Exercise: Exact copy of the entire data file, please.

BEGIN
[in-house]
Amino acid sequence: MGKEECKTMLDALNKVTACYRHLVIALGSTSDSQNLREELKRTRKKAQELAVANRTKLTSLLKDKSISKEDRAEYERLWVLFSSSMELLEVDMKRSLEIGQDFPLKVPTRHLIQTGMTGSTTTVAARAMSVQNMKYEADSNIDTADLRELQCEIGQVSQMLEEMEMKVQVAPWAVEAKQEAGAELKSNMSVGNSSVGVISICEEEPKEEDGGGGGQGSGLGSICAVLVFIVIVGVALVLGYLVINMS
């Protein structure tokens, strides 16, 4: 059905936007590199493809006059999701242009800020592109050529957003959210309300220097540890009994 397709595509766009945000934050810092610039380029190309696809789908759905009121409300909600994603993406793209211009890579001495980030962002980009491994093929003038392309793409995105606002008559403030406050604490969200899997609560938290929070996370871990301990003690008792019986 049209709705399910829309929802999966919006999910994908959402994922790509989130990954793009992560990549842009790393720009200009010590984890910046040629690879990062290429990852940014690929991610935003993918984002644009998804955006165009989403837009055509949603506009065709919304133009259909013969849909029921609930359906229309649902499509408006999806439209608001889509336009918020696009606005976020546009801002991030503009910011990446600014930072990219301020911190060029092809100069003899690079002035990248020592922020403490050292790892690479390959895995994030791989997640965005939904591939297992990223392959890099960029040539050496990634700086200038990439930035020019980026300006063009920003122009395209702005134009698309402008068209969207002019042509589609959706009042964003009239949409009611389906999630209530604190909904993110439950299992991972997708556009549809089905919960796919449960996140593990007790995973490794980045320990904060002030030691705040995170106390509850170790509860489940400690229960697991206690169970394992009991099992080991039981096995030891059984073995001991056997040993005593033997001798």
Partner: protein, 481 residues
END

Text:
[in-house]
Amino acid sequence: MGKEECKTMLDALNKVTACYRHLVIALGSTSDSQNLREELKRTRKKAQELAVANRTKLTSLLKDKSISKEDRAEYERLWVLFSSSMELLEVDMKRSLEIGQDFPLKVPTRHLIQTGMTGSTTTVAARAMSVQNMKYEADSNIDTADLRELQCEIGQVSQMLEEMEMKVQVAPWAVEAKQEAGAELKSNMSVGNSSVGVISICEEEPKEEDGGGGGQGSGLGSICAVLVFIVIVGVALVLGYLVINMS
């Protein structure tokens, strides 16, 4: 059905936007590199493809006059999701242009800020592109050529957003959210309300220097540890009994 397709595509766009945000934050810092610039380029190309696809789908759905009121409300909600994603993406793209211009890579001495980030962002980009491994093929003038392309793409995105606002008559403030406050604490969200899997609560938290929070996370871990301990003690008792019986 049209709705399910829309929802999966919006999910994908959402994922790509989130990954793009992560990549842009790393720009200009010590984890910046040629690879990062290429990852940014690929991610935003993918984002644009998804955006165009989403837009055509949603506009065709919304133009259909013969849909029921609930359906229309649902499509408006999806439209608001889509336009918020696009606005976020546009801002991030503009910011990446600014930072990219301020911190060029092809100069003899690079002035990248020592922020403490050292790892690479390959895995994030791989997640965005939904591939297992990223392959890099960029040539050496990634700086200038990439930035020019980026300006063009920003122009395209702005134009698309402008068209969207002019042509589609959706009042964003009239949409009611389906999630209530604190909904993110439950299992991972997708556009549809089905919960796919449960996140593990007790995973490794980045320990904060002030030691705040995170106390509850170790509860489940400690229960697991206690169970394992009991099992080991039981096995030891059984073995001991056997040993005593033997001798």
Partner: protein, 481 residues